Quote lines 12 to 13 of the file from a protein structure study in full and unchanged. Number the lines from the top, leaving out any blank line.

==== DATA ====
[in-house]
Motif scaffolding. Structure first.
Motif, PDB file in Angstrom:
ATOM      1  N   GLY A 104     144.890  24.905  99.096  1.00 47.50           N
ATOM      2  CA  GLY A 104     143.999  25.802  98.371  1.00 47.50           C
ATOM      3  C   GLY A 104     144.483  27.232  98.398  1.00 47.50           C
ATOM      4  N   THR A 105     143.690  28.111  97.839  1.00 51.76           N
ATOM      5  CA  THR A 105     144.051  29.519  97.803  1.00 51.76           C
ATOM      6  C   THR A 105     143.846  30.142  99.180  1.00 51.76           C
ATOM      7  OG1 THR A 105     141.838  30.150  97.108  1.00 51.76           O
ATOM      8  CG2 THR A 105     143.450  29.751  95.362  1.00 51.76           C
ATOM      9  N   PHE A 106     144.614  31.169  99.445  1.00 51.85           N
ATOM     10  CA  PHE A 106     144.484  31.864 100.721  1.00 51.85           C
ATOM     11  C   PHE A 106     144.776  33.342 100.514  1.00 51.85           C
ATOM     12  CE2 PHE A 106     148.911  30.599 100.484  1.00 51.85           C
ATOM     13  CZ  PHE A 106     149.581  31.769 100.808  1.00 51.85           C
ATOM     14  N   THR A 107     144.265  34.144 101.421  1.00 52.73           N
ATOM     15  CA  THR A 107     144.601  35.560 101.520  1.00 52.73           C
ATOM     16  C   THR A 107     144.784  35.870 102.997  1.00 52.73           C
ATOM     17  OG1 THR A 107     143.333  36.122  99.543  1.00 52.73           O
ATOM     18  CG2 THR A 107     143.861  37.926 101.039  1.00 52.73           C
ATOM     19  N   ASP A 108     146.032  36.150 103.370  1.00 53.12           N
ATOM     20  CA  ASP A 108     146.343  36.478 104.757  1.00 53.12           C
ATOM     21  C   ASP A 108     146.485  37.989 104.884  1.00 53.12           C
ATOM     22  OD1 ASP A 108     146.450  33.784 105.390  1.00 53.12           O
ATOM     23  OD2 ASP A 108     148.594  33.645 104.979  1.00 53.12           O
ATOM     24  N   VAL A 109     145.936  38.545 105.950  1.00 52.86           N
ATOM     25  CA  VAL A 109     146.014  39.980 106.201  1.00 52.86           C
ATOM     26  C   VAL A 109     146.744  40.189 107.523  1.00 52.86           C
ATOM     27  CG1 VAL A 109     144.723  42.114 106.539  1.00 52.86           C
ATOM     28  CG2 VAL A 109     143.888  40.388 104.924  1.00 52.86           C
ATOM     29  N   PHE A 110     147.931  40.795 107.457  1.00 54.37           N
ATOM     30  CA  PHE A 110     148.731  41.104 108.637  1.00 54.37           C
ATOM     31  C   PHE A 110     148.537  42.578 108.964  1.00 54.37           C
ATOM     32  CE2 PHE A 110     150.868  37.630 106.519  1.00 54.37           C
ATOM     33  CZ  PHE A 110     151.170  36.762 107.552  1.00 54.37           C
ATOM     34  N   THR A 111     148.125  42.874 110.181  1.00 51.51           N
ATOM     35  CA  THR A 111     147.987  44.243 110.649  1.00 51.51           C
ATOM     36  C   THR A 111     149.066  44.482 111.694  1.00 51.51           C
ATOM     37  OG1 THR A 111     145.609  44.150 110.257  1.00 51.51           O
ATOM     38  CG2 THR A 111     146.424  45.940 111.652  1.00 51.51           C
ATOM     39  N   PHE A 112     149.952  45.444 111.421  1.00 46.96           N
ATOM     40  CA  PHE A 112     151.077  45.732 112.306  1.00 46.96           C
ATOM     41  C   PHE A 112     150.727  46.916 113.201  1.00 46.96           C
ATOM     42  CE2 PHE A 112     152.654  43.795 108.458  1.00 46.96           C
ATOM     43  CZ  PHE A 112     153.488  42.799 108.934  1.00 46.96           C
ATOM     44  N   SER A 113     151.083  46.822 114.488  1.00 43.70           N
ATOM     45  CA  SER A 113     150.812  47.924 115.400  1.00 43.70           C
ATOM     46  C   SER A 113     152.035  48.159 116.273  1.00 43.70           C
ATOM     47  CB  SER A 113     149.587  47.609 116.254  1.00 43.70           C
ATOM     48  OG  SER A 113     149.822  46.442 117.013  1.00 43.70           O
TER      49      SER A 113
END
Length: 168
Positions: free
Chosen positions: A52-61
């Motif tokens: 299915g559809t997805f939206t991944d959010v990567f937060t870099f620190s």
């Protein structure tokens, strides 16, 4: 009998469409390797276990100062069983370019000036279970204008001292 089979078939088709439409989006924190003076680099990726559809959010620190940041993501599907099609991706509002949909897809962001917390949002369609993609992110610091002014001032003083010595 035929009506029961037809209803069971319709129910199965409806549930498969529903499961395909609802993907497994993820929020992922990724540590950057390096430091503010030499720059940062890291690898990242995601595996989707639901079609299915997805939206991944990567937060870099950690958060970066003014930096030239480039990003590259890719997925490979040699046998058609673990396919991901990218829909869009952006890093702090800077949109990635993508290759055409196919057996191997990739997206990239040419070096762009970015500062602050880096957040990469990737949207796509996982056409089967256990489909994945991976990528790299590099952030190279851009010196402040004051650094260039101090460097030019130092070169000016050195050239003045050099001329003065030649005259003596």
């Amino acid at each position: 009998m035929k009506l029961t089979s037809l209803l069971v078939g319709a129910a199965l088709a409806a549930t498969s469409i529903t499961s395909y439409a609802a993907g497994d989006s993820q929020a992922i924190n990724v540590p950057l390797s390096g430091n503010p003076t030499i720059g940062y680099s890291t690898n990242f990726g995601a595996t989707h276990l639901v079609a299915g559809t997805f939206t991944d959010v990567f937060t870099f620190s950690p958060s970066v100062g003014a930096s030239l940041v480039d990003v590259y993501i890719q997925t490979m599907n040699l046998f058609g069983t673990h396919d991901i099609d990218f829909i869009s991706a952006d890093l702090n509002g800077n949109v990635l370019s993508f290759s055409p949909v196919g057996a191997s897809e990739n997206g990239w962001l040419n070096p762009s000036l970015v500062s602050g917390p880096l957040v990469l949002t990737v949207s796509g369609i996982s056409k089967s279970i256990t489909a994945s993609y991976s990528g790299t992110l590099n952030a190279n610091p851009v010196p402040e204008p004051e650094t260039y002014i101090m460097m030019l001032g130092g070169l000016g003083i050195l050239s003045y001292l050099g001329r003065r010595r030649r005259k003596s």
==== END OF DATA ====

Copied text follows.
ATOM      9  N   PHE A 106     144.614  31.169  99.445  1.00 51.85           N
ATOM     10  CA  PHE A 106     144.484  31.864 100.721  1.00 51.85           C